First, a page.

A Family of Meat Eaters Makes a Change

Produce and groceries

"Shades of Green" is a column by the Center's Jess Herrera about how she and her family are pursuing a more planet-friendly lifestyle. They've made progress in reducing their food waste and use of plastics, but this week they face their toughest challenge yet: eating less meat.

Our national appetite for meat poses a huge threat to wildlife. If we all ate a higher percentage of plant-based foods, we could make a difference. But how do enthusiastic meat-lovers change their ways? Find out in "The Meat of the Matter."


Wild & Weird: Trump's Misplaced Fear of Sharks

Adult film star Stormy Daniels — who allegedly had an affair with Donald Trump before he became president — said recently that he's "obsessed with" and "terrified of sharks." Her statement is backed up by previous tweets by Trump stating that "sharks are last on my list."

But the Donald's fear of sharks is misplaced. In 2016 only four humans were killed by sharks worldwide. By contrast, humans kill more than 10,000 sharks every hour.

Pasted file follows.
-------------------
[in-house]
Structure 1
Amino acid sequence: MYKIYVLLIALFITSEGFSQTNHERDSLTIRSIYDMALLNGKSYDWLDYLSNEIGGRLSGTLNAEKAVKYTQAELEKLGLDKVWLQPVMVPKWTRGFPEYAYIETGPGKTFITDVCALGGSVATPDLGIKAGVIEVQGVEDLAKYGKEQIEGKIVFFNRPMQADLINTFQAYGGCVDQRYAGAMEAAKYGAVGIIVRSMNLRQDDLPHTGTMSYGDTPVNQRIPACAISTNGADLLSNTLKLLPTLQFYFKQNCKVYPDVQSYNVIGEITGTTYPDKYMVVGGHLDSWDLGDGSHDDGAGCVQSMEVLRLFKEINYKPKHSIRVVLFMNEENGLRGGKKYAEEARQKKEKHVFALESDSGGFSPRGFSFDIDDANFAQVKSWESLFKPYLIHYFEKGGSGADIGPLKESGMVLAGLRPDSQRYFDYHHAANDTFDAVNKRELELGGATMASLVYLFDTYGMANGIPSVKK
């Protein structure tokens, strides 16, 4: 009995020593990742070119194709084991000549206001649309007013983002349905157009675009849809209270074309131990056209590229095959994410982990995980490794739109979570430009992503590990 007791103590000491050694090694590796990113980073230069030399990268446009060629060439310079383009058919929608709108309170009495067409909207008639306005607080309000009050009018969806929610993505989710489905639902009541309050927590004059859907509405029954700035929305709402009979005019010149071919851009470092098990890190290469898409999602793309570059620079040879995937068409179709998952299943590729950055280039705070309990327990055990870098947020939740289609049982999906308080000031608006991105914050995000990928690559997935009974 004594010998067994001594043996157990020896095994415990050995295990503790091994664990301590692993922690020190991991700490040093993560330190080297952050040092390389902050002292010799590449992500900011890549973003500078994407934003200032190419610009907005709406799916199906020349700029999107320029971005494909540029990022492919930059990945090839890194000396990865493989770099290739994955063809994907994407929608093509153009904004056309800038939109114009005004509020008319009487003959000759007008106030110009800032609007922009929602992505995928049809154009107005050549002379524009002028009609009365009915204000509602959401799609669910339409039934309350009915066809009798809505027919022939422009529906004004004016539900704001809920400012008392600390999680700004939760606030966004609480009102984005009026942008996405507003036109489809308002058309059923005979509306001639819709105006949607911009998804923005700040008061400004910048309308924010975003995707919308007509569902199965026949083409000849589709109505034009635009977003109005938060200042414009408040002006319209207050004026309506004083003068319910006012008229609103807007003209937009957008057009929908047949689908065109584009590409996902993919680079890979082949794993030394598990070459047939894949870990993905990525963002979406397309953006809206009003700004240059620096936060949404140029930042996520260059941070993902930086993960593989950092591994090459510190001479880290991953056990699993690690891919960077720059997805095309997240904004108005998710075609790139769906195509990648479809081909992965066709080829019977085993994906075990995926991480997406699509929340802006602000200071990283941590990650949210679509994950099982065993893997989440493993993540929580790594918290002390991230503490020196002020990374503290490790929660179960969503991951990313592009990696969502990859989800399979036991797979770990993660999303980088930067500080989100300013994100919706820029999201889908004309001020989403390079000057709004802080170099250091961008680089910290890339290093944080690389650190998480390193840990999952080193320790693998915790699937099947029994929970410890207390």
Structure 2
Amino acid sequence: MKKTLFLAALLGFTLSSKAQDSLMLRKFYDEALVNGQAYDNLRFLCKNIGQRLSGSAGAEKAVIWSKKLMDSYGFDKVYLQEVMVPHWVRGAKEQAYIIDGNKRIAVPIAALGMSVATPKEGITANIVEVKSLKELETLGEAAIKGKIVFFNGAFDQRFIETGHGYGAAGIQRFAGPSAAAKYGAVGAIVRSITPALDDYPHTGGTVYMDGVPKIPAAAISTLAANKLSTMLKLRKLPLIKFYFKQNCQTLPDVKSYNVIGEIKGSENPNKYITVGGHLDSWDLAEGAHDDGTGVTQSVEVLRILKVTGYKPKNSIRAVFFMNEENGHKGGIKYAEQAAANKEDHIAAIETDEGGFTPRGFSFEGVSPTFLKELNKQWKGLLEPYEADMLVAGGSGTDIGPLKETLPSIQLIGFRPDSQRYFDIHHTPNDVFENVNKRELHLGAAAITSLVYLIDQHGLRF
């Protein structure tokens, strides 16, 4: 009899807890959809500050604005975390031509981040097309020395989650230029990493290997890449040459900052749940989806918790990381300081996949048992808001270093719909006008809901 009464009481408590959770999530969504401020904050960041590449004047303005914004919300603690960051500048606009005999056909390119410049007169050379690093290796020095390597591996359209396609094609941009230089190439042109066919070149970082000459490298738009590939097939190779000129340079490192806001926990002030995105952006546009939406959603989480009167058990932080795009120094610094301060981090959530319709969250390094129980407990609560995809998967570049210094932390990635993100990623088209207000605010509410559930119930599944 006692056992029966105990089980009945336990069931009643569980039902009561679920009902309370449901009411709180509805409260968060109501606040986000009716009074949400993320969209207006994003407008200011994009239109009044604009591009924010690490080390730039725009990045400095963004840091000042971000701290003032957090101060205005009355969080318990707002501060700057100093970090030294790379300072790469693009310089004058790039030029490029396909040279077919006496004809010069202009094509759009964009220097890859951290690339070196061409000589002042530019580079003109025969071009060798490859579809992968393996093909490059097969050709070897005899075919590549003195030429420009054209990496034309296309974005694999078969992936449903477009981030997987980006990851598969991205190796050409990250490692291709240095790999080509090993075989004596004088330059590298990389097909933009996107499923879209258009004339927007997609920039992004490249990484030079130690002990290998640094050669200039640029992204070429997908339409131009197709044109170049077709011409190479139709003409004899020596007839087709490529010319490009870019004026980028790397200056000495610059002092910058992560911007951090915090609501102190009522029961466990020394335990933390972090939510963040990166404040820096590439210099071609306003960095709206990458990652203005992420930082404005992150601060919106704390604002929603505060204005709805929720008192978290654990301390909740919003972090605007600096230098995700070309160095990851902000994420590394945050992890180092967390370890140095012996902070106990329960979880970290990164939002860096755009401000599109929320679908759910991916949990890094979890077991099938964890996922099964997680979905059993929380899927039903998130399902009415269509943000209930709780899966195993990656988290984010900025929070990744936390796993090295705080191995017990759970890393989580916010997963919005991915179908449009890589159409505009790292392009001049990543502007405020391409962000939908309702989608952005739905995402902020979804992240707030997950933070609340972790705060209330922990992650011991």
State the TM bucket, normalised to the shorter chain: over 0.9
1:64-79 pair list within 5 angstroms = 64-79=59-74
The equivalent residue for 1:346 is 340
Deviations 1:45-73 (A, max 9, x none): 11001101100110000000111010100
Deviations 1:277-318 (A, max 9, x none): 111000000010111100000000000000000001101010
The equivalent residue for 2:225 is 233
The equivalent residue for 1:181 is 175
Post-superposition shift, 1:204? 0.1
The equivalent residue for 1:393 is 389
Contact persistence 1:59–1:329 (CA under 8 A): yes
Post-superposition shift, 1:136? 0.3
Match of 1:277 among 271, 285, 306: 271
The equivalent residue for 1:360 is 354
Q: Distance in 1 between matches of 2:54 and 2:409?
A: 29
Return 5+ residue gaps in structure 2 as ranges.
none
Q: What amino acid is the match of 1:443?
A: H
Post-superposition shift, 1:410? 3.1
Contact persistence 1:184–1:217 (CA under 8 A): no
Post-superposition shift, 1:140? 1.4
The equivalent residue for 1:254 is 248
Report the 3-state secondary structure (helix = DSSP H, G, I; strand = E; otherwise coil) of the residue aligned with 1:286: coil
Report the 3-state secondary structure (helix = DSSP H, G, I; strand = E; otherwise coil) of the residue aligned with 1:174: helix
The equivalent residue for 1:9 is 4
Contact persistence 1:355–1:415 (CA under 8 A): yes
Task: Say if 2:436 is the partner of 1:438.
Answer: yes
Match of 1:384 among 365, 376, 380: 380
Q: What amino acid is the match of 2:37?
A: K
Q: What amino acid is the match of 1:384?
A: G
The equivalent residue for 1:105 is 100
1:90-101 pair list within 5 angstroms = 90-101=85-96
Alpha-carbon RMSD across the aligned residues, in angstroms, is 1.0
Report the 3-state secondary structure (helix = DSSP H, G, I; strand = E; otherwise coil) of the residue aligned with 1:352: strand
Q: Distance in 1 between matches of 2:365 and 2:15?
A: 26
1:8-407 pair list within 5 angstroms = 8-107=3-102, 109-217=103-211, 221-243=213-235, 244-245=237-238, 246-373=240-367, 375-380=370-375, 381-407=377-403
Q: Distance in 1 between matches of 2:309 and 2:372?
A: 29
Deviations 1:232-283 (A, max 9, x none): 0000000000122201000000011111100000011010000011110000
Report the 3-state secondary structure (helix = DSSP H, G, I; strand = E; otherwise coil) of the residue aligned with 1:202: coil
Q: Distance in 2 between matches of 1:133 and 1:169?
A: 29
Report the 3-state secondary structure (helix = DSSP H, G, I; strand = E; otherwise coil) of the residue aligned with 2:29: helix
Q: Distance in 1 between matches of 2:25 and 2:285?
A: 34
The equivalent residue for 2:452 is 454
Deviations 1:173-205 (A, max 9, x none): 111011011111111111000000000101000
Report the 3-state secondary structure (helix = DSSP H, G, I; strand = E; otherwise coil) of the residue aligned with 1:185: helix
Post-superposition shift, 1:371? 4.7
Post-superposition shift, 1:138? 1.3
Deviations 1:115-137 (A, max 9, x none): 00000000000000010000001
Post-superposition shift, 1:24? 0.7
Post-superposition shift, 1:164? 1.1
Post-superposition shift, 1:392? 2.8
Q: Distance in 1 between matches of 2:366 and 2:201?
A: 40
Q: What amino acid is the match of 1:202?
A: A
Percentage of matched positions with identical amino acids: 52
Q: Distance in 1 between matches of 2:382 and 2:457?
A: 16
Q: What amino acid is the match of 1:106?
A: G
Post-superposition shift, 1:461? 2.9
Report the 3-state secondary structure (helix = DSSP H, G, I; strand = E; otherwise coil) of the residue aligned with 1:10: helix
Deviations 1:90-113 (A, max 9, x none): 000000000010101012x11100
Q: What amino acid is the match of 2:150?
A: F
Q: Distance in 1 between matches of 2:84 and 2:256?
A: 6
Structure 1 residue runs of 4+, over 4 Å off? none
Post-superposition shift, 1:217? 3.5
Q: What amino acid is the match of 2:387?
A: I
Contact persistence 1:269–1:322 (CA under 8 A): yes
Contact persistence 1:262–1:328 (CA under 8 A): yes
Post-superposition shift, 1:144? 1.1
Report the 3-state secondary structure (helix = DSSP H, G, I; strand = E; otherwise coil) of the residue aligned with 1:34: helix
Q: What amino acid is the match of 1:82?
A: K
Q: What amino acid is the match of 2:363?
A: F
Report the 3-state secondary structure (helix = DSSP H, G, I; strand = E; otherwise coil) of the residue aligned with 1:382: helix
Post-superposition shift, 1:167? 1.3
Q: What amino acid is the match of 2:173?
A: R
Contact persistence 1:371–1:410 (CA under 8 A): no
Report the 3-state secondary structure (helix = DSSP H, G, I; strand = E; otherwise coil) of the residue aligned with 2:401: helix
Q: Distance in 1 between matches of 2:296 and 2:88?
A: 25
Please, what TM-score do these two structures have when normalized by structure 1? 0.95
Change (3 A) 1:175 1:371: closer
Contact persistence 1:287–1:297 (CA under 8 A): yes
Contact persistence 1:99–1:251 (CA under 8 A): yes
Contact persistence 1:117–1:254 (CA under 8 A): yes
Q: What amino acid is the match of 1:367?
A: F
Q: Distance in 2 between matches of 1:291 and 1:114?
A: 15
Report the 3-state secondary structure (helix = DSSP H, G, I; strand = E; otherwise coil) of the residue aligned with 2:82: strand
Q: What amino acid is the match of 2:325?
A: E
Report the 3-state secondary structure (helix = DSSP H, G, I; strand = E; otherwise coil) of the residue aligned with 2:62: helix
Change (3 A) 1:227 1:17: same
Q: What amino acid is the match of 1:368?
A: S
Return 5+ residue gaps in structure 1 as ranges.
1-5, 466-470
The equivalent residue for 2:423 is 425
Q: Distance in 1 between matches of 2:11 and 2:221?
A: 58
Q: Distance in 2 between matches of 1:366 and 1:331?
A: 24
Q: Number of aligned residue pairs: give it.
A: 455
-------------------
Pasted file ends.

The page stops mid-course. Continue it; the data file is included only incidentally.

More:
Check out our video on Facebook or YouTube and read more in The Hill.

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Photo credits: North Atlantic right whales courtesy Florida Fish and Wildlife Conservation Commission, taken under NMFS permit #15488; mountain lion by Eric Kilby; sea otter by deadmike/Flickr; sandhill crane by amaizlish/Flickr; border wall in New Mexico by inkflip/Flickr; Womens March participant by Alan Greig/Flickr; yellow-breasted bunting by Edmond Sham; produce and groceries by lukasbieri/PIXNIO; shark by Leverett Binks-Collier/Flickr.

Center for Biological Diversity
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Tucson, AZ 85702